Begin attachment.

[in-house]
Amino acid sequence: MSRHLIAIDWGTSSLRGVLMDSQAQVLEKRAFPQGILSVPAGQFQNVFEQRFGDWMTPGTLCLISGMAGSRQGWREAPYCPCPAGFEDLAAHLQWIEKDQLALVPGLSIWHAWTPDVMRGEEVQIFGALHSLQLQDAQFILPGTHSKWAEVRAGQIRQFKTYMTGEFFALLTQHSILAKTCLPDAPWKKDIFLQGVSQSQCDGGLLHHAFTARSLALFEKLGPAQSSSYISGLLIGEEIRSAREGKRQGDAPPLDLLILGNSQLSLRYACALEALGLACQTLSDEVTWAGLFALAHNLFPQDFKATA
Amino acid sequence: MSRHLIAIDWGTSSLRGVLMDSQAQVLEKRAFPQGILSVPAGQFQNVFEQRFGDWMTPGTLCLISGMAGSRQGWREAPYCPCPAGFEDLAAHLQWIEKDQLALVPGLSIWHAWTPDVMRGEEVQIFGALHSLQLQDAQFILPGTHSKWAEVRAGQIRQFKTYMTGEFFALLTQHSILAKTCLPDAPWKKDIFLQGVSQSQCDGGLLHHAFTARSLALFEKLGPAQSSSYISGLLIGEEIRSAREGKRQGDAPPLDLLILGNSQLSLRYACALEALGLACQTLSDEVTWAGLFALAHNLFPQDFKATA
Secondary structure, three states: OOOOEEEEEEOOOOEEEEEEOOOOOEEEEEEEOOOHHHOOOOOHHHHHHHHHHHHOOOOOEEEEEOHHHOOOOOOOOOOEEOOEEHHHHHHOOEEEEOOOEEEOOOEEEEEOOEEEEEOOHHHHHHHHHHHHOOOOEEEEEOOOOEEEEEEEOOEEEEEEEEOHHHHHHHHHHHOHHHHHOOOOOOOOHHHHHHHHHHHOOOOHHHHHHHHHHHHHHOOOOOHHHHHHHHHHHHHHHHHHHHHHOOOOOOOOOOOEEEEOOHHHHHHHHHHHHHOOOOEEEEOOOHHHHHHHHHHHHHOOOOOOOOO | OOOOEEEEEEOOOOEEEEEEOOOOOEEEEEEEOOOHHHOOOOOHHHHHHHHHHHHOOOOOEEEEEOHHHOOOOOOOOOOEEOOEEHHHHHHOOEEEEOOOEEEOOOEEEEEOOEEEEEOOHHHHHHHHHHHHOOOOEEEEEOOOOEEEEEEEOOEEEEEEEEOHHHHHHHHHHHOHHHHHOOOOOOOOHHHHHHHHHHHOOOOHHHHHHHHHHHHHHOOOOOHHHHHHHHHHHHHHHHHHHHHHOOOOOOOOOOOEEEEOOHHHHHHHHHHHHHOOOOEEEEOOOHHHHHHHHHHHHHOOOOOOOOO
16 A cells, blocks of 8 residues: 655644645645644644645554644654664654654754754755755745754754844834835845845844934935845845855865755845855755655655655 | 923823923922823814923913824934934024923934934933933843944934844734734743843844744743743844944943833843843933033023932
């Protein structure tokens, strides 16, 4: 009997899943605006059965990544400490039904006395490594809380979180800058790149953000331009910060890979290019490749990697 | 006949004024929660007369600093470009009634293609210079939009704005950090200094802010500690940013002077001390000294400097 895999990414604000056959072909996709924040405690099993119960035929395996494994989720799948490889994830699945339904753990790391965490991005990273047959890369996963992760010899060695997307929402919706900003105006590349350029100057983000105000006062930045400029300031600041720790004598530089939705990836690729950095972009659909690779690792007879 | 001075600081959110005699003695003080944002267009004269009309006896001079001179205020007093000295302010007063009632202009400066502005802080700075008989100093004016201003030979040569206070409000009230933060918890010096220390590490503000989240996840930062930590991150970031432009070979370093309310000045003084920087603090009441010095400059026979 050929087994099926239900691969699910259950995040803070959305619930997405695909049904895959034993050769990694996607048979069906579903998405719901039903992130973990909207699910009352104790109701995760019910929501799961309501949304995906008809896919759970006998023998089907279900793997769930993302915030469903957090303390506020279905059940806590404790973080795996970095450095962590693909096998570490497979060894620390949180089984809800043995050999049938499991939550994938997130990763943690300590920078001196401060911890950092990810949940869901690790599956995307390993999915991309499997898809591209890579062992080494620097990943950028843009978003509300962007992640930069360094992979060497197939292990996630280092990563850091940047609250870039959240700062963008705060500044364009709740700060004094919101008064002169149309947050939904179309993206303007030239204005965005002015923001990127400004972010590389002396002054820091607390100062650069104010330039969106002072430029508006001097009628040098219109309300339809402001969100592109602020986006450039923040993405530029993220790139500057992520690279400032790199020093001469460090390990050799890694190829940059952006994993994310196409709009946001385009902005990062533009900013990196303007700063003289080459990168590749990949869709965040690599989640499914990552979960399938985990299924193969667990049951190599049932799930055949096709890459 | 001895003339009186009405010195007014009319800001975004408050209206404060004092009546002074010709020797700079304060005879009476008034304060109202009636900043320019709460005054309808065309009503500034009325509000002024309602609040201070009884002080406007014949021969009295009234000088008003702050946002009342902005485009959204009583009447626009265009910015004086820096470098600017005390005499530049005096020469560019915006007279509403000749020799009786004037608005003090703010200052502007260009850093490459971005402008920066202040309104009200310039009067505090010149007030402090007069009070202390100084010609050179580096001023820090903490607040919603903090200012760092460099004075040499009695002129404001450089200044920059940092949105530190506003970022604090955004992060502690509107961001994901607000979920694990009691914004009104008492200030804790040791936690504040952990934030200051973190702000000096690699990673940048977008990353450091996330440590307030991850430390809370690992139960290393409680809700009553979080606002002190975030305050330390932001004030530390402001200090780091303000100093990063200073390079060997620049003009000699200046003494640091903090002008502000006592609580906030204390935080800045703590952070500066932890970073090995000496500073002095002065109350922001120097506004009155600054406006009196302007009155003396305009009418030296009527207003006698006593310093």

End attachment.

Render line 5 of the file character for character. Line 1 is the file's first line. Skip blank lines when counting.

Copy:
16 A cells, blocks of 8 residues: 655644645645644644645554644654664654654754754755755745754754844834835845845844934935845845855865755845855755655655655 | 923823923922823814923913824934934024923934934933933843944934844734734743843844744743743844944943833843843933033023932